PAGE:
Banning Just One Breed Doesn’t Makes Sense
You may have a justified distrust of pit bulls, even though logically, there are good and bad dogs in every breed. Banning just one breed doesn’t make much sense, especially since plenty of dogs that get a bad reputation for fighting or destruction aren’t classified as pit bulls (Dobermans and German shepherds, for example).
Unless you’re prepared to list every single breed you won’t allow, and specify what percentage of that breed still counts (“he’s half Yorkie, one quarter poodle, an eighth schnauzer and two-sixteenths pit bull”), you’re setting yourself up for a headache. That said, the size of a dog may be something you want to consider when you write your pet policies.
Most people think of weight limits when they think of size restrictions, but that’s harder to check unless you ask for current vet records or want your tenant to step on a scale, then pick up their dog and subtract the difference. Also, a small, compact dog could weigh just as much as a larger dog with a lighter frame. If you want to restrict based on size, doing so based on height at the shoulder might be a more consistent, and easier, metric to use.
A small dog like a cocker spaniel or a Chihuahua may be just as likely to bite someone as a pit bull or Rottweiler, but the difference in damage between bites is going to be significant. The jaw strength of a small breed pales in comparison to larger dogs, and therefore, so does the extent of injury that could come from a bite. Of course, training and ownership practices also influence animal behavior, and the setup of your rental may also inform whether you want to restrict dogs to smaller breeds. A fourplex with tons of little kids in multiple units is a bigger potential risk than a single-family home with a fenced yard if your tenant has a reactive dog.
Speaking of homes, any dog may do damage to an apartment. We spoke to a woman named Katie who said her pug puppy, Frank, managed to chew up an entire loveseat. The damage was extensive, to the point that “it looked like the couch exploded” and the furniture had to be replaced. This was from a dog that couldn’t have weighed more than a few pounds at the time.
It sounds like a funny story, but remember, bigger dogs have bigger potential for wreaking havoc. This may be something you’re concerned about, or perhaps you trust that the tenant’s security deposit will take care of any damages Fido may cause. And you can always sue for damages that exceed the amount of the security deposit. It comes down to whether you want to take the risk and are okay with potentially spending more time repairing the unit between tenants.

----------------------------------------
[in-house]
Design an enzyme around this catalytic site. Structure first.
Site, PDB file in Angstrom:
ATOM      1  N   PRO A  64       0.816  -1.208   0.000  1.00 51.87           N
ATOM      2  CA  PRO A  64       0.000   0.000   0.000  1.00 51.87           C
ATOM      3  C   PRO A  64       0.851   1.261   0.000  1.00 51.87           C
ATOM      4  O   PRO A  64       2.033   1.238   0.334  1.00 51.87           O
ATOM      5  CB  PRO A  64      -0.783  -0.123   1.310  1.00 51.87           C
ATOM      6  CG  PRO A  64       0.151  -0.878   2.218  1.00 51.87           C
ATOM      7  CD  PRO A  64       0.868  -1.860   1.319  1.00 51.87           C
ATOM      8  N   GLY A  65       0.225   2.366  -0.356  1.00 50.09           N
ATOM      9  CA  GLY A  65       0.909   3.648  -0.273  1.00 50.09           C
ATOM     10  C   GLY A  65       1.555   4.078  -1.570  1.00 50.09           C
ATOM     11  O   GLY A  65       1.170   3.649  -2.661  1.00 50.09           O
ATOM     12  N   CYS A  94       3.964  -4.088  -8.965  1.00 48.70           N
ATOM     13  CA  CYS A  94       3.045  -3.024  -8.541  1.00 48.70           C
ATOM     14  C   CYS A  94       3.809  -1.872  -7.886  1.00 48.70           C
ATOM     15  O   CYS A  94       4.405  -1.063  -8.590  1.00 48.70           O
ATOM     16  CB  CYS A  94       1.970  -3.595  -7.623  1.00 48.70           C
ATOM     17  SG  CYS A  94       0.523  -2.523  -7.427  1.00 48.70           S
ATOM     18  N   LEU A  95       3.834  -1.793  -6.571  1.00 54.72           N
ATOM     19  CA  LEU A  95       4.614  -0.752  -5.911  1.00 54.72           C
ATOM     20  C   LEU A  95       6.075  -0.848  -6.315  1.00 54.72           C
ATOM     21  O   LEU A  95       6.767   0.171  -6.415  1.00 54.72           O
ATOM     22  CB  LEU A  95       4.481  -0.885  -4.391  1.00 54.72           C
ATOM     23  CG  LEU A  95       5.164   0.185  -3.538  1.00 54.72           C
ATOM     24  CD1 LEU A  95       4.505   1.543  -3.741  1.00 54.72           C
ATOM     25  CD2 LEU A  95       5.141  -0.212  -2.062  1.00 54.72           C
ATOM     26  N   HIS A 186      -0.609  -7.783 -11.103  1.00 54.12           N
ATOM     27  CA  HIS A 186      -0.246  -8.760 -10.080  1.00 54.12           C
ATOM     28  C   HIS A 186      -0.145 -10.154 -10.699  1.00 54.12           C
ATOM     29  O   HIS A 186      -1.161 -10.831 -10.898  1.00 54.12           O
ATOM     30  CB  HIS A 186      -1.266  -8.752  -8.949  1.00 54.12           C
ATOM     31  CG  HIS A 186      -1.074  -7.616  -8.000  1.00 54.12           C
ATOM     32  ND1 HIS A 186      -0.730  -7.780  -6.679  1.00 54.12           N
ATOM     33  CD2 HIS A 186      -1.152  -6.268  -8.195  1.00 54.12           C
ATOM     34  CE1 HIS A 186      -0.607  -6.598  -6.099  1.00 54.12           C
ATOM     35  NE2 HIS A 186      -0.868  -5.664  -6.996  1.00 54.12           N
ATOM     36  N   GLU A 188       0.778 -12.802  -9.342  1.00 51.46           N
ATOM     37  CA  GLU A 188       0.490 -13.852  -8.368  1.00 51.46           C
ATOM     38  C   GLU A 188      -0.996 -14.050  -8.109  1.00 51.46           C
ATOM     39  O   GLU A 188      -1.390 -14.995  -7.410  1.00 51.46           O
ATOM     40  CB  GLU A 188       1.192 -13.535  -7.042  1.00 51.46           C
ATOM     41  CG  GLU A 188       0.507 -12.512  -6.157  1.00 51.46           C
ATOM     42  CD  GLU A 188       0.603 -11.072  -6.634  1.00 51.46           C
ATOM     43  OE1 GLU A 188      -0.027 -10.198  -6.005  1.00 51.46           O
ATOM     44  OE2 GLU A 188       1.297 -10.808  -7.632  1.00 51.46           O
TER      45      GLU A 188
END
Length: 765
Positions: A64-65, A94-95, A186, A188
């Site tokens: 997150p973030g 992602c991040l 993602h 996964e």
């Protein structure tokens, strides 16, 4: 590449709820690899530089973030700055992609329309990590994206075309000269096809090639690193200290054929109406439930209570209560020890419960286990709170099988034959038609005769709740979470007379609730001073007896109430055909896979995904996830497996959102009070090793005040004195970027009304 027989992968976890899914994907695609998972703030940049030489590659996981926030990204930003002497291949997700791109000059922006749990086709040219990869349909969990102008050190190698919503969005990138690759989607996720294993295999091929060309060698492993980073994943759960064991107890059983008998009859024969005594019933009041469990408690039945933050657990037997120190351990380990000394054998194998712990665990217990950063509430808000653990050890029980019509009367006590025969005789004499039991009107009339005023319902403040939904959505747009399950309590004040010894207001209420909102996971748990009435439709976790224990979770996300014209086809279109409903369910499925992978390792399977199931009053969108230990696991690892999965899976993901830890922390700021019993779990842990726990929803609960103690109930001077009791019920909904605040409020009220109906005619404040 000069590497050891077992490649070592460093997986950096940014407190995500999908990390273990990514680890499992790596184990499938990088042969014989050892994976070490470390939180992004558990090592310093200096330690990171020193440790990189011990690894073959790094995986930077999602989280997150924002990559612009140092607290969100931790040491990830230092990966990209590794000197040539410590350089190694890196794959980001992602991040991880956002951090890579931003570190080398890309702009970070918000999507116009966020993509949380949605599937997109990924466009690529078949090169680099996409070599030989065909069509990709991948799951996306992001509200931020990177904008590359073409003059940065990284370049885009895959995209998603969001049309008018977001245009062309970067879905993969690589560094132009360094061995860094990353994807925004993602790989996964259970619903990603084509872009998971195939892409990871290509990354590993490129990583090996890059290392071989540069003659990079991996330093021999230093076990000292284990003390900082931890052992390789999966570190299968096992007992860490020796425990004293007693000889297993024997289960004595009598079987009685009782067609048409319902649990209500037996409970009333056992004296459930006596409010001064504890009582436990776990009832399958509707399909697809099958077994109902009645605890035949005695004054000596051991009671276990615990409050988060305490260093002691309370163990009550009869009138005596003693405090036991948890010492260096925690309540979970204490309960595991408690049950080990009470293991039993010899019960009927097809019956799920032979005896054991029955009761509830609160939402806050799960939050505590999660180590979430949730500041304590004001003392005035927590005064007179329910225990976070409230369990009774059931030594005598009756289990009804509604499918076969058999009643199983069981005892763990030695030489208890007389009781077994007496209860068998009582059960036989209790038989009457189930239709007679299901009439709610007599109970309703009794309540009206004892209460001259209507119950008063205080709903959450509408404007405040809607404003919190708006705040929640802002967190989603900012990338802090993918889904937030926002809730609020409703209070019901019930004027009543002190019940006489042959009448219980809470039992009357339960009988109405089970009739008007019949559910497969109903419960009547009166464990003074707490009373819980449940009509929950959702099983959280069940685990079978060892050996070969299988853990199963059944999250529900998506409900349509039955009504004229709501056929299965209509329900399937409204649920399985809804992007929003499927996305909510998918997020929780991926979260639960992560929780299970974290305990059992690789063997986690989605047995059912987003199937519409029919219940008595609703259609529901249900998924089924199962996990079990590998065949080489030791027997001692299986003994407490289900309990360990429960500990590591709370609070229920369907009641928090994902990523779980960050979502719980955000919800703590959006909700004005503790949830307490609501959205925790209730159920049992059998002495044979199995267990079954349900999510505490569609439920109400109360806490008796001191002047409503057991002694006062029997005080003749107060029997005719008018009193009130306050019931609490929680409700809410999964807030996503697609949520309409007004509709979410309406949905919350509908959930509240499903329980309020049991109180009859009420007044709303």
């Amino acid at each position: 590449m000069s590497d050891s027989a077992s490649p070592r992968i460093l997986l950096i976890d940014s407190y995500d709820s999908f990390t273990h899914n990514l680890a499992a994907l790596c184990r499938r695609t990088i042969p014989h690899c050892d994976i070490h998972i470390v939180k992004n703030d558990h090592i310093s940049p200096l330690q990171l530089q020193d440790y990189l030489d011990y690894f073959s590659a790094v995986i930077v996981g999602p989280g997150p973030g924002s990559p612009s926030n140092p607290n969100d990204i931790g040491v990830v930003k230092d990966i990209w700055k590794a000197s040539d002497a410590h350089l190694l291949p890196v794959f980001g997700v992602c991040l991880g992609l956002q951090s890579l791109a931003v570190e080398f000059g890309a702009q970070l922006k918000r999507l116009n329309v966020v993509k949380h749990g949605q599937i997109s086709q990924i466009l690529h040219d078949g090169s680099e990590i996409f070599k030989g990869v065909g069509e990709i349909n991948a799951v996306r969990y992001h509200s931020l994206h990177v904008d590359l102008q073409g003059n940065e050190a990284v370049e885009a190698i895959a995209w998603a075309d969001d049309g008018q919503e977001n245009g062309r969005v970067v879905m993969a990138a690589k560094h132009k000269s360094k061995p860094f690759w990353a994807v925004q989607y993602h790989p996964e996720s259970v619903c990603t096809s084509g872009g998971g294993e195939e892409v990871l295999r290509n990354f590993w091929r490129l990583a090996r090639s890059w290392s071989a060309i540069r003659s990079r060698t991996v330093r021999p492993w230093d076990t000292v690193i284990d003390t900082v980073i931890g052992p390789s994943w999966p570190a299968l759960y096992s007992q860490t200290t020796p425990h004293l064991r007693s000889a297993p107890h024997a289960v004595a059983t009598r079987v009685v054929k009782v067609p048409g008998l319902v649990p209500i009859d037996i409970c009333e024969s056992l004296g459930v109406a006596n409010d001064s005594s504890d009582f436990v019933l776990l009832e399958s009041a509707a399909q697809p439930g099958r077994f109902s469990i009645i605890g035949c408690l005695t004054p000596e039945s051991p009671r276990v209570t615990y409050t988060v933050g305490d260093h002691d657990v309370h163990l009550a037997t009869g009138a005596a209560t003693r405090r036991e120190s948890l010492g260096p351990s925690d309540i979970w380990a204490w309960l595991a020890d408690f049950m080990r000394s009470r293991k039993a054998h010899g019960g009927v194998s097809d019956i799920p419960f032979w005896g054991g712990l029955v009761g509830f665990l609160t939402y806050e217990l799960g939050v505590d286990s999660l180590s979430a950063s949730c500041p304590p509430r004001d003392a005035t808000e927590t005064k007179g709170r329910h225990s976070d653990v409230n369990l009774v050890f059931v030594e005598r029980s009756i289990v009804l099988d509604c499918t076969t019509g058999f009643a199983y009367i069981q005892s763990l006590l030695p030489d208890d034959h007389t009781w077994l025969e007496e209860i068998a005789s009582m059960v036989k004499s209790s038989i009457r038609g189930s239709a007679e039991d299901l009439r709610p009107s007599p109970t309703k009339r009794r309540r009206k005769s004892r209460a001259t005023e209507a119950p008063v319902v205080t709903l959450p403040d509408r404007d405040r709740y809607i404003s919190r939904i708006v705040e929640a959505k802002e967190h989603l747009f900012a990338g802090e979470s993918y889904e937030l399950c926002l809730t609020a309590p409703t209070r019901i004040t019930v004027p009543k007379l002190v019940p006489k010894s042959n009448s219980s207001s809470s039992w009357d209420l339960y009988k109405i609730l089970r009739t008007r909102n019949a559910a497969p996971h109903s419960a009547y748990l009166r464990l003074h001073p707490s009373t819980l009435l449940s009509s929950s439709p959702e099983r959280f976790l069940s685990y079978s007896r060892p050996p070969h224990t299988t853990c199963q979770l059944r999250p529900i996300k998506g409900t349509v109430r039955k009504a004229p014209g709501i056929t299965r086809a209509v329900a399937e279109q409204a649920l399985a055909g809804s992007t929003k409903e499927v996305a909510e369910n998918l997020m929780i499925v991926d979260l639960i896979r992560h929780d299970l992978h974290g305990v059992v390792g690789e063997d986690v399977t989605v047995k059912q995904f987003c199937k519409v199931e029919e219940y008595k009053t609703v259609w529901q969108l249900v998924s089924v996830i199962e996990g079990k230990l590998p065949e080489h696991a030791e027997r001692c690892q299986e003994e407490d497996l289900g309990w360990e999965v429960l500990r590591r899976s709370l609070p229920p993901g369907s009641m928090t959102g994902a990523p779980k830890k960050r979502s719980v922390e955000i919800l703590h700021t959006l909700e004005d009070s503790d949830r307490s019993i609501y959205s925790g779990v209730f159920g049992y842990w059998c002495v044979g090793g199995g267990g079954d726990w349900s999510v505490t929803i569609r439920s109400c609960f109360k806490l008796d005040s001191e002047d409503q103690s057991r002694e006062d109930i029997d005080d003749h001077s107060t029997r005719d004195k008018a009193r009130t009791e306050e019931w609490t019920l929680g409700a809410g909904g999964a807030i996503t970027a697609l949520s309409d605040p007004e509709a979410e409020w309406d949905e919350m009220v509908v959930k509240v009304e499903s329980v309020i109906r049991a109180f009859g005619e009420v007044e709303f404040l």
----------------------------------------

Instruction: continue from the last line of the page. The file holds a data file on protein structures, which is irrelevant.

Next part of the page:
Can I Say No to a Pit Bull That Is a Service or Support Animal?
If your tenant has a pit bull that is a service or support animal, you cannot ban them from having that dog just on the merits of its breed. Having a policy that says “no pit bulls ever” is going to be considered discriminatory if you try to apply it to an emotional support animal.
The accommodation your tenant requests must be reasonable. That means you can require that the dog be vaccinated and licensed according to state or local laws. You can also require that the tenant must clean up after their dog as soon as it uses the bathroom. Even normal use of a private lawn that is not common space for other tenants requires clean-up after an animal.
Remember, even though service and support animals are protected by federal law, they are still expected to behave appropriately. If your tenant’s service or assistance animal causes damage beyond reasonable wear and tear, you can hold your tenant responsible for that. If your renter’s service or assistance animal acts aggressively, you can also require that animal to be removed (but check with an attorney to make sure you handle this appropriately).
It’s up to you whether or not you want to allow pets on your property, and what restrictions you are going to place on your tenants regarding the types of animals they can have. Certainly, allowing pets is going to make your rental more attractive to a larger market, and you may be able to charge more rent for the privilege. But allowing dogs of any size comes with more responsibility on your part. Make sure your tenants are not violating any of your municipal laws in the way they care for their dog, and take any reports of aggressive behavior seriously.